A Souliss example

The simplest Souliss configuration includes just two nodes, a bridge node and a peer node. The illustration below is an example of controlling a garage door:

Souliss WirelessMyGarage - Open and Close the garage door from the wall switch or the Android app

Users and Souliss

The direct interaction between the nodes is a fundamental part of the Souliss framework. But all items in the Internet of Things has to eventually be able to be controlled by a person. The Souliss team provided for this by designing an Android application that behaves as a node.

The app gets data and interacts directly with other nodes, using the same data protocol without needing to request additional devices in the middle. There is one node, called a gateway, which in the course of performing control of its own devices, collects data from all other nodes in the network. The gateway makes data available to user interfaces, including Android, Modbus or JSON. You can move functionality over nodes as you like, shifting from distributed to centralized paradigms, all without having to configure anything other than node addresses and controlled appliances.

What you can expect

Without an open standard your disparate devices have no interaction. Souliss may drive a different solution. Consider an electric coffee machine. The coffee making is handled by a microcontroller. Now consider using a microcontroller with a built-in transceiver, like the Atmel Atmega128RFA1 or Atmega256RFR2. The PCB assembly cost and part count is the same. The incremental cost for the transceiver is not large. However, a microcontroller combined with a functional RF transceiver can have a disruptive effect.

The coffee machine’s closed firmware can now interact with an open ecosystem. This will turn it into an innovative node in the Internet of Things, giving it interaction and additional distributed intelligence. You can create an entire new layer of distributed access and event triggers that can be based on other devices designed to act on opportunities.  In such a scenario, every device can become a Souliss node. As a node, its methodology and connective state can be communicated with other devices or items.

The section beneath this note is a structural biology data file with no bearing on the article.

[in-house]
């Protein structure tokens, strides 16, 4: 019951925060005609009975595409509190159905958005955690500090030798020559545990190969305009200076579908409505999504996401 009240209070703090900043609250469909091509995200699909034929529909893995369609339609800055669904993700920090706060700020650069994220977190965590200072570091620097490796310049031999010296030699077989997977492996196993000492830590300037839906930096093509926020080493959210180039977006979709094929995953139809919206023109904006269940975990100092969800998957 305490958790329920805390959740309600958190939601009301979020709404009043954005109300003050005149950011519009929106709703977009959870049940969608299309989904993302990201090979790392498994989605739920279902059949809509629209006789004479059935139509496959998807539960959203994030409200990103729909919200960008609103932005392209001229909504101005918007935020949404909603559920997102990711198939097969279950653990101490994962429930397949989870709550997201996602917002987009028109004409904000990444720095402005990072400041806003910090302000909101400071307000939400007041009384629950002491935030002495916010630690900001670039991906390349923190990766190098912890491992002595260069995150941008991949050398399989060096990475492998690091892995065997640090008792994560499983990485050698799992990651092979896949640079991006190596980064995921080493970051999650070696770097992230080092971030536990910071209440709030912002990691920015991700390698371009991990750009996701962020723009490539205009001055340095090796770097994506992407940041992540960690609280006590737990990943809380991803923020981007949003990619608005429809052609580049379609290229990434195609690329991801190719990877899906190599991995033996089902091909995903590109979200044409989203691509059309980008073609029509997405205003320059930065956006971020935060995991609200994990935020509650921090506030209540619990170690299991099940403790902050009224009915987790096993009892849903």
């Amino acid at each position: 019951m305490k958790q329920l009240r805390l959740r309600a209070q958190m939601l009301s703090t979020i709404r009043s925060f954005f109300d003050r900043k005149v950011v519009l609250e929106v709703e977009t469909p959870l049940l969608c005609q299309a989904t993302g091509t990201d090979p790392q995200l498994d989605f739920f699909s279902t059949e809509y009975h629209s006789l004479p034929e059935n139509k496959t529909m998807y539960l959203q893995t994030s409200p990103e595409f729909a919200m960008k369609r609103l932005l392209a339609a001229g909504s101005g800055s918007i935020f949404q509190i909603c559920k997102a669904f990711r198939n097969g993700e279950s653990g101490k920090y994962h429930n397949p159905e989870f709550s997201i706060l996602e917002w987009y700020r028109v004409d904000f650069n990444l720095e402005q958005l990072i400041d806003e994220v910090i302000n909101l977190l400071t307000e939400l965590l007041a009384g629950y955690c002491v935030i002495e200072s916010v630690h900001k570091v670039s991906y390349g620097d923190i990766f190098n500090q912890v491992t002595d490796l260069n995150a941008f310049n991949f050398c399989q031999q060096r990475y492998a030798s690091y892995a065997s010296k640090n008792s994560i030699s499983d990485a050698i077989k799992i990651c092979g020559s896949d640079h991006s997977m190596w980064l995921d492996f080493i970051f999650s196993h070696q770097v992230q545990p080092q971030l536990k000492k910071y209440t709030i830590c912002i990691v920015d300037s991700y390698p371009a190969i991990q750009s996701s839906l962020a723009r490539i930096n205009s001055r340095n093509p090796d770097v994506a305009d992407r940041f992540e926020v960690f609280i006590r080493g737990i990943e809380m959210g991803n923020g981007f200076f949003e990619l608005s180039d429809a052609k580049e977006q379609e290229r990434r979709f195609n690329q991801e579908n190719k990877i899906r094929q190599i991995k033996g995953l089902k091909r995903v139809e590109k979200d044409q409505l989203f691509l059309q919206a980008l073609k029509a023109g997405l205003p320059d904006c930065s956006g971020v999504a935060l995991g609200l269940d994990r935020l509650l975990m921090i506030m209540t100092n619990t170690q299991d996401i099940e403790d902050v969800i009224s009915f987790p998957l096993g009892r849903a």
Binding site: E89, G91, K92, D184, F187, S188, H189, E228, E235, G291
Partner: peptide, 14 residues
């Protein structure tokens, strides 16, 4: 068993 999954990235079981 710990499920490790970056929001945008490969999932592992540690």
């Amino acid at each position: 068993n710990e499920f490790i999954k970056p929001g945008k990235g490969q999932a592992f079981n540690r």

Where Souliss is now

Souliss is a night-job, a Maker’s adventure, developed for the sheer joy of the technology. It is a harmonious way to propose an idea and a vision to the community and to contribute in the scope of the Internet of Things. We love, share, and enjoy Souliss with a community spirit infused with transparency. We invite others with this passion and spirit to help in its evolution. We continue to have passion for the Internet of Things, along with others whom we work and collaborate with. Evolve, crowd-source, and most importantly, keep it open. Souliss will never look completed to our eyes.  Instead, we see it as a digital connective sculpture. It communicates to existing electronic ecosystems such as home automation, home entertainment, industrial automation, medical, mobile to mobile, and others. Yet you can build it as a digital canvas of eventful nodes.

Stay tuned for our next blog piece…